Mendocino, Marin and Steinbeck Country

Mendocino day was full of capitalism: visiting my favorite bookstore, Gallery Books, and the Science Store (present for Jimmy), and the toy store, where Robert bought a Play Mobil Bus with hippie action figures. We walked the bluffs, sat in the Big Chair, ate lunch by Big River (cute Chihuahua running on the beach), then finished errands in Fort Bragg.  We tried to nap but I am too into The Next Tsunami by Bonnie Henderson, a gift from Dad, to sleep, so we read and rested then went to look for tidepools. There were no urchins or starfish, unlike earlier years, but no tsunamis and very little beach trash, so all was OK. In camp I made Nancy and Sophy mobiles while Robert played with his Play Mobil bud, and then we had dinner and fell asleep.

The morning dawned misty and gray, but Robert checked the Bus and we got ready to go. After breakfast in Mendo we followed the 1 to the 128, our route inland, and the Anderson Valley to the 101. The Navarro River was lower and more algae slimed than I have ever seen it in 25 years, yet another sign from the planet to pay attention. The coastal redwoods look the same, though, and we twisted and turned through them to the sun at Gowan’s Oak Tree fruit stand.

            I drove this road so many times with my friend Bob in Old Blue, his Chrysler, and I never travel it without thinking of him. Now Robert is getting MORE coffee in Boonville, or as the people of Boonville past would have called it, a horn of zeese (they once spoke a dialect in Boonville called Boont, and that is the only phrase I ever learned). We also saw a bus in Geyserville!

We were heading to our camping spot at China Camp, only we were not allowed to camp. Apparently only tent camping is allowed.  We have a tent, but the tent is attached to the Bus, so apparently that was NOT ALLOWED. Robert started talking to one guy about the Bus: he’d been to Nepal, owned a bus, knew folks who had driven a bus to Patagonia, and he may or may not have been the brother-in-law of the next guy who came out to talk busses, who may or may not have been the other camp host (inclined to be more lenient—you can sneak in after 6—or perhaps the other camp host’s boyfriend…but either way, we were stuck without a campsite again. The bus folks wanted to talk engines, smog restrictions, and tell bus stories (the 79 was a piece of junk—you can hit 65 with a tailwind heading downhill), but I wanted to get on the road, so I was ringing the Buddhist bell, not being at all Buddhist. “Try Samuel P. Taylor or Olema Ranch,” the Bus guys said. We had tried to reserve at Samuel P, my preferred Marin campsite in the Redwoods, but they had no space when we reserved, and Olema “Ranch” is basically a field with RVs, but OK. So off we went, down Sir Francis Drake and headed for the coast again.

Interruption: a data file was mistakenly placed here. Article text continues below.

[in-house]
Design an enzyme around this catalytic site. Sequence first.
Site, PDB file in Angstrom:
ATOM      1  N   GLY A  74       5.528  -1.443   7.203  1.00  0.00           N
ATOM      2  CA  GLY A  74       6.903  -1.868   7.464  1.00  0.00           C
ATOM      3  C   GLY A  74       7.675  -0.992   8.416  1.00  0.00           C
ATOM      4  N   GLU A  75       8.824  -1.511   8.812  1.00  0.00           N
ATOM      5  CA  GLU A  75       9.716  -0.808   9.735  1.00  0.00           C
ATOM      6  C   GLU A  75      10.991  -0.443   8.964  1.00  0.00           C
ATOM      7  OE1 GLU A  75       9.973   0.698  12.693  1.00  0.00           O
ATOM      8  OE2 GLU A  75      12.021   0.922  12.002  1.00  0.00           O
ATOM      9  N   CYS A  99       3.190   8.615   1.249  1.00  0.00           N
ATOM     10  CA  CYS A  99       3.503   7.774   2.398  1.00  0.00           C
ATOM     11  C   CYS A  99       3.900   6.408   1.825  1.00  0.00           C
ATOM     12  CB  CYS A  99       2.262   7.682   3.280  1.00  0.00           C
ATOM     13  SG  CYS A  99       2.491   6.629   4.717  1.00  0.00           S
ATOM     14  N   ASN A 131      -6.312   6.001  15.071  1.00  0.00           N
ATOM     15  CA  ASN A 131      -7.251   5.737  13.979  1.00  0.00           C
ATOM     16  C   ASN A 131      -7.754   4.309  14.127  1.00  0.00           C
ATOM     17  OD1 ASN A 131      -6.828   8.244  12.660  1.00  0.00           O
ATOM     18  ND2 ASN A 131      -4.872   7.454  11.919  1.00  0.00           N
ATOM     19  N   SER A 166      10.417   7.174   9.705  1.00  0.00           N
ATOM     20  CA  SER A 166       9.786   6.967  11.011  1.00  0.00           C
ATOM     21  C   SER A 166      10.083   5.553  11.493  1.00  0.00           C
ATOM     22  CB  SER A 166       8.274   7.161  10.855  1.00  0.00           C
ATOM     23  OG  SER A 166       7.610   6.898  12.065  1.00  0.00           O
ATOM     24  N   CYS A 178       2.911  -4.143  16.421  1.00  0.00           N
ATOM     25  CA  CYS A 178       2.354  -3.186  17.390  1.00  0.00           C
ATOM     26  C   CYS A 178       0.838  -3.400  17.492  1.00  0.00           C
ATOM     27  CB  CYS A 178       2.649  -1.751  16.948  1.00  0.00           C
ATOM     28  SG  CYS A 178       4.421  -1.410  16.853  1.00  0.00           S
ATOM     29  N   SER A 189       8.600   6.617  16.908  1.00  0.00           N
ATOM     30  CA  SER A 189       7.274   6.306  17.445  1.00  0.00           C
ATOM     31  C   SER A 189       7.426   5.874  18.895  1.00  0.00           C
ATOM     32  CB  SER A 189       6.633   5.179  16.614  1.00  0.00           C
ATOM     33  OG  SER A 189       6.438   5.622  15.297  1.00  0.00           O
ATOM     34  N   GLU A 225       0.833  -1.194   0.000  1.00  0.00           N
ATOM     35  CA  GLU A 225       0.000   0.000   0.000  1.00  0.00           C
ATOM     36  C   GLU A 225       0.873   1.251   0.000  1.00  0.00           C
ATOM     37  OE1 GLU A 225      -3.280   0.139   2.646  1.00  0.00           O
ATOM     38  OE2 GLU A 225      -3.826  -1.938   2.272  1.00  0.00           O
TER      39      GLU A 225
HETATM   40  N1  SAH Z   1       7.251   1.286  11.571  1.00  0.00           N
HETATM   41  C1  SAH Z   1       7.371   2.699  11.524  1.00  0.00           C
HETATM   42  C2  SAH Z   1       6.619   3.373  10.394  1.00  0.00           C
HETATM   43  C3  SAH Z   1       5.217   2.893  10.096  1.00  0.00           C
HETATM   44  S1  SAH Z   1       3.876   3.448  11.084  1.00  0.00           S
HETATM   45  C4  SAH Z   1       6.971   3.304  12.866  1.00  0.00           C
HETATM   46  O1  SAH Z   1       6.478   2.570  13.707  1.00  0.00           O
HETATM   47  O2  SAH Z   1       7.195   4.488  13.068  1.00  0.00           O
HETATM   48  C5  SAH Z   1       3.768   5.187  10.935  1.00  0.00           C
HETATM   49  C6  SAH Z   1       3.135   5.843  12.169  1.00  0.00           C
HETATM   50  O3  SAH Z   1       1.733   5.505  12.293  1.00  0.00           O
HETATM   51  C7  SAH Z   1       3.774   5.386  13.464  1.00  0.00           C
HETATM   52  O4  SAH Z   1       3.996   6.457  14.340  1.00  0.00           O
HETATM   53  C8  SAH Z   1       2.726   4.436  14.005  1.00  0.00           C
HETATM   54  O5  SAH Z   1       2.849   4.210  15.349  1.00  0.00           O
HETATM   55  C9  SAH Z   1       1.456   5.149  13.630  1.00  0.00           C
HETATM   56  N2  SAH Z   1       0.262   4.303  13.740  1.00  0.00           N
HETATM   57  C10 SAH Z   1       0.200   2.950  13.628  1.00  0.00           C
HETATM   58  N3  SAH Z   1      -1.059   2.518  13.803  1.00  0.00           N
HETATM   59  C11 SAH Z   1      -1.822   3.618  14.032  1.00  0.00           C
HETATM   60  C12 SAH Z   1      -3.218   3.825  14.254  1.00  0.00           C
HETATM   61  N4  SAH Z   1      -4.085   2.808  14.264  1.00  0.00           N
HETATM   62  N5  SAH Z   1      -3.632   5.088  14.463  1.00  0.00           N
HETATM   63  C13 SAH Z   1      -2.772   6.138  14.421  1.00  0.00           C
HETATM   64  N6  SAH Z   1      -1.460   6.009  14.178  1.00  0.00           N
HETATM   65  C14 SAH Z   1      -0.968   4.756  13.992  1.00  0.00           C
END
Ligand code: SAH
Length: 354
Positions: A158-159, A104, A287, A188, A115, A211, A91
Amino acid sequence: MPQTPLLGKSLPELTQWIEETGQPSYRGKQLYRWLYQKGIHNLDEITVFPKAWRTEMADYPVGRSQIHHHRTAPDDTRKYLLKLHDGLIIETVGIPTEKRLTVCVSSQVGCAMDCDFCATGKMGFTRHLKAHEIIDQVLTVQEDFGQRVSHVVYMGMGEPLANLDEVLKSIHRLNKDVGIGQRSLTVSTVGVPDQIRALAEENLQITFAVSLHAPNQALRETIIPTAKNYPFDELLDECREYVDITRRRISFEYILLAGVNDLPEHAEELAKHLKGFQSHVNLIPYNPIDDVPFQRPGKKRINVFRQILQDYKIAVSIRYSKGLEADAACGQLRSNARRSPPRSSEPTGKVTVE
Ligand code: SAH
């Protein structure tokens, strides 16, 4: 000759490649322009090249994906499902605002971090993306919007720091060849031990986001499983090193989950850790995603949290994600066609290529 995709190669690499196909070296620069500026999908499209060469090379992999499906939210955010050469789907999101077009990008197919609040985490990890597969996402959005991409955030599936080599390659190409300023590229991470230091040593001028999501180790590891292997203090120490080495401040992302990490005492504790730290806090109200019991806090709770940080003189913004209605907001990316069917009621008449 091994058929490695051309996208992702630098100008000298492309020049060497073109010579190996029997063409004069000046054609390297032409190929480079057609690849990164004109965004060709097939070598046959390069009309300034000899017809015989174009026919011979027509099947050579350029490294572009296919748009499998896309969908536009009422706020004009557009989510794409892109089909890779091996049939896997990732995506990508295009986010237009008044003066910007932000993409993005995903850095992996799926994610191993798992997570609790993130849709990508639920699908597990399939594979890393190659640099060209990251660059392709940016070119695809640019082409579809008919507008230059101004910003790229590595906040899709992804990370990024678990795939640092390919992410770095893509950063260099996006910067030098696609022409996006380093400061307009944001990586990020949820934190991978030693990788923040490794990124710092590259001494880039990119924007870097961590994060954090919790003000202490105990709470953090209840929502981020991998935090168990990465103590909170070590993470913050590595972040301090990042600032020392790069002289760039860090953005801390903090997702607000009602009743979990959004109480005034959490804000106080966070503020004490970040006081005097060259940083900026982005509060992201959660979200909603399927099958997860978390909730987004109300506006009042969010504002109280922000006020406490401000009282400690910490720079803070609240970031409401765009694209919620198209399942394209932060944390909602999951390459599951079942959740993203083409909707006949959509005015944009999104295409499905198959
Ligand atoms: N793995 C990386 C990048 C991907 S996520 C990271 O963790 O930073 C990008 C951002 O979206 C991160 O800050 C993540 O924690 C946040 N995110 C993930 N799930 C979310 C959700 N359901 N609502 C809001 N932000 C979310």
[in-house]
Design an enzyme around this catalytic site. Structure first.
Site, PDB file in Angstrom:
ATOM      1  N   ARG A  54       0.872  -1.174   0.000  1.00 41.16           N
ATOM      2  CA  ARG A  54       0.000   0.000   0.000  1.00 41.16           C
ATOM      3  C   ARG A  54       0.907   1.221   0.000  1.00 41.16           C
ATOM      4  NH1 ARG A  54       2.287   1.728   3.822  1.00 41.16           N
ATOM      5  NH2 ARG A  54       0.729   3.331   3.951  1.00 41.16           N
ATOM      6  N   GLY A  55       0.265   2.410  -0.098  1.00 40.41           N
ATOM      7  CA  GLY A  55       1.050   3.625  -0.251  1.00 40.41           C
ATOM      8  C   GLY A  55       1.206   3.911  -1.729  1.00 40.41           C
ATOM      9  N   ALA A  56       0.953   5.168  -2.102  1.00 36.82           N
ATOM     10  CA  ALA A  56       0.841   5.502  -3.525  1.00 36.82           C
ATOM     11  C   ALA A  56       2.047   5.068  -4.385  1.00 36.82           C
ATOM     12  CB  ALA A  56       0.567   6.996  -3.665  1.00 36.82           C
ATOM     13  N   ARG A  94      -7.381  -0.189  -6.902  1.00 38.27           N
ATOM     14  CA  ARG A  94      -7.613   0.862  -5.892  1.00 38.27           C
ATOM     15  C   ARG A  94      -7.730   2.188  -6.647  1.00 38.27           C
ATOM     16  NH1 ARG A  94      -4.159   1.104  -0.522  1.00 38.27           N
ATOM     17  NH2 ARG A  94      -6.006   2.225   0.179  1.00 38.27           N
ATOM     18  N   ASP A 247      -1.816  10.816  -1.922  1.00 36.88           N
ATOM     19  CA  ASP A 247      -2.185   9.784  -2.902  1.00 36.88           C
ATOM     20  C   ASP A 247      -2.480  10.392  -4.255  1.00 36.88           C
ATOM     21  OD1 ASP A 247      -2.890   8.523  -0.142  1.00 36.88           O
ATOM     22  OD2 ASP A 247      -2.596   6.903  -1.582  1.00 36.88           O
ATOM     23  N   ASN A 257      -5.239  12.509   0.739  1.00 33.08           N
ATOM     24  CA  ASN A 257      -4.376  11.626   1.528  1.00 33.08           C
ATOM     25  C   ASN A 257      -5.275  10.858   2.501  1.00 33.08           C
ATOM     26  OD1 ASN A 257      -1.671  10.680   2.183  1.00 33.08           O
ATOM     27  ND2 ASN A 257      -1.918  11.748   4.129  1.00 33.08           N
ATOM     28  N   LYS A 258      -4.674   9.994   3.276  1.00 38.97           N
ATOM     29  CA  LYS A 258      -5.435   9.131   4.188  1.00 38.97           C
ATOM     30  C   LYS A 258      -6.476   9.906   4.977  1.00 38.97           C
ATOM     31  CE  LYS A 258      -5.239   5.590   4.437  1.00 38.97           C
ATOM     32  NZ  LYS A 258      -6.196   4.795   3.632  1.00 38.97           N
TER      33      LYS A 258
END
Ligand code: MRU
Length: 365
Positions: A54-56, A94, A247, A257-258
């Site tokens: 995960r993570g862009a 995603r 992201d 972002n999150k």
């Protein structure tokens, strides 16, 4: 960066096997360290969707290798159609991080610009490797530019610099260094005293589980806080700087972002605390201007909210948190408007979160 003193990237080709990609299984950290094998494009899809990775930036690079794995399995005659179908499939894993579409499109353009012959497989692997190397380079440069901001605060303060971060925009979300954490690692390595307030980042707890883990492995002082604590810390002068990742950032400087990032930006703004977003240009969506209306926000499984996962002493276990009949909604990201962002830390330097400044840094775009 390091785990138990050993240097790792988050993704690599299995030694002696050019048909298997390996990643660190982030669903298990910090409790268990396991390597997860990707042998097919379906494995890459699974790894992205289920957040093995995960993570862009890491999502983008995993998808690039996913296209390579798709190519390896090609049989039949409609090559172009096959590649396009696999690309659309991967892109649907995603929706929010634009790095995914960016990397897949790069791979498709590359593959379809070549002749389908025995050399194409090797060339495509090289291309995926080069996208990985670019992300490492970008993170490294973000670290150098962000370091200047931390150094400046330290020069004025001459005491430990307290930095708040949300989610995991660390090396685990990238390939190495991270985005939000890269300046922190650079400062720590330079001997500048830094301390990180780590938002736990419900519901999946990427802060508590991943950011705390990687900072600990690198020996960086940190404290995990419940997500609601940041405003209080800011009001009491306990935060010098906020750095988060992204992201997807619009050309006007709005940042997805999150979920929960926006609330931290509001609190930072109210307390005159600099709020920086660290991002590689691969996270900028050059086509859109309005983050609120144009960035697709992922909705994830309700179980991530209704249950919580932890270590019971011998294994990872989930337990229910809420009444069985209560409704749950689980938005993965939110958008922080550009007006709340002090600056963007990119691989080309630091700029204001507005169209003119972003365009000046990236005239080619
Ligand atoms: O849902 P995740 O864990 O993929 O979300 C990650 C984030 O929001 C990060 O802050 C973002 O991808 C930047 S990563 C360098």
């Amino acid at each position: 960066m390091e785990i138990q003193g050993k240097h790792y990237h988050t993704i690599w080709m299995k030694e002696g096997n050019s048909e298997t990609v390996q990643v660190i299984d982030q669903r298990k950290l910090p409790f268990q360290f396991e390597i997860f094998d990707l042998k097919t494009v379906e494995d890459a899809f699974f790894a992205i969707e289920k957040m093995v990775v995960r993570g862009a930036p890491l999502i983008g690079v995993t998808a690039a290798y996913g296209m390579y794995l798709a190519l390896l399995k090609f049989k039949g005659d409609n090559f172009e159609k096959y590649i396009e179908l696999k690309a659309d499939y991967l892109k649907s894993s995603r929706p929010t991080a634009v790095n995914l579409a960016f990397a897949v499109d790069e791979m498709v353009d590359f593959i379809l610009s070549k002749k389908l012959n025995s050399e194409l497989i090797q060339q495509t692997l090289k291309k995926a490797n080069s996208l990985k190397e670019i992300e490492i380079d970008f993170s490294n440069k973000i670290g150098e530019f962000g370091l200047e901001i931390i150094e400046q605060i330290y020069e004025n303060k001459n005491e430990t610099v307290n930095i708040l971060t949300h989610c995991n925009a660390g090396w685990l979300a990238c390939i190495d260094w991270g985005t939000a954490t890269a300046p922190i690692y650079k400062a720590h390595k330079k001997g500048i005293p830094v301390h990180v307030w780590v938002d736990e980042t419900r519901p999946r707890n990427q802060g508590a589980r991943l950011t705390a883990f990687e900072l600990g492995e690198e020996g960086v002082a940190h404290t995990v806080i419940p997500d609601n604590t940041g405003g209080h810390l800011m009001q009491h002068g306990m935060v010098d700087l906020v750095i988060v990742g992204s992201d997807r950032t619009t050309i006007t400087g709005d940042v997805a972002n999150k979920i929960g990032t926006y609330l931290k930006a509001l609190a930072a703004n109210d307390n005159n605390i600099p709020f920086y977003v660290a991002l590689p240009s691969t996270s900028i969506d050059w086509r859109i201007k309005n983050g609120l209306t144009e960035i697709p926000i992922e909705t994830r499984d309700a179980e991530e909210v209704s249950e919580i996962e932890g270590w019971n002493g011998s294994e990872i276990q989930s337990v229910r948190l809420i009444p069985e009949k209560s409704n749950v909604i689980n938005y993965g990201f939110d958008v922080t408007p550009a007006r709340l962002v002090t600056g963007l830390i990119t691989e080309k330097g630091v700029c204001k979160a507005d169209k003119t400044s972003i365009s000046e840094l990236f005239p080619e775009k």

We did score a site at Samuel P. Taylor (site 33 is not a great Bus site—56 is better, but someone got in ahead of us and stole it),

and we got set up after a quick stop at the Lagunitas store where a lovely man made us a great sandwich, and Robert made plans for a morning breakfast burrito.

There isn’t much to say about the night there, except while we were setting up and settling in, I had The Bus Dad Story Epiphany!

The Great Bus Dad Story Epiphany:    Once we landed at Samuel P, people kept stopping by to talk about the Bus. We kept telling the story, and then I realized: telling the story of my father and the Bus over and over and over again is a kind of living tribute to both of them. People’s faces light up and they shine when they hear the story. Part of it is the romantic journey part, which Steinbeck wrote about in Travels With Charley, people wanting to be on a trip, saying “I sure wish I could do that!” But part of it is also the story itself, the honoring of a legacy, the kind of story that should come true but doesn’t always, the story of the redemption of the Bus and his further adventures. People like this story because it is history, and that history is so much better than they had imagined: a daughter, a bus, a driver, a legacy—so much better than two hipsters buy a van.

            Here’s the story we tell:
“Wow, cool Bus. What year?”

“1966.”
“Do you want to sell it?”
“No, he’s a member of the family.”
Robert: “We bought him from my father-in-law 3 years ago. He ordered him custom and had him shipped over. Yeah, the top is a Dormobile, and it opens like a clamshell.”

Jenny: “He was my first car to ride in. I grew up with him.”
Robert: “He’s her older brother.”

People: Wow, you are so lucky. Great restoration.

Car guys: What kind of engine? Do you have dual carbs? What’s your top speed?
The Bus: Thanks for all the love.

And thanks from us to Dad and the Bus and for all the family and friends (especially Nancy and Jimmy for Puppymonster care)

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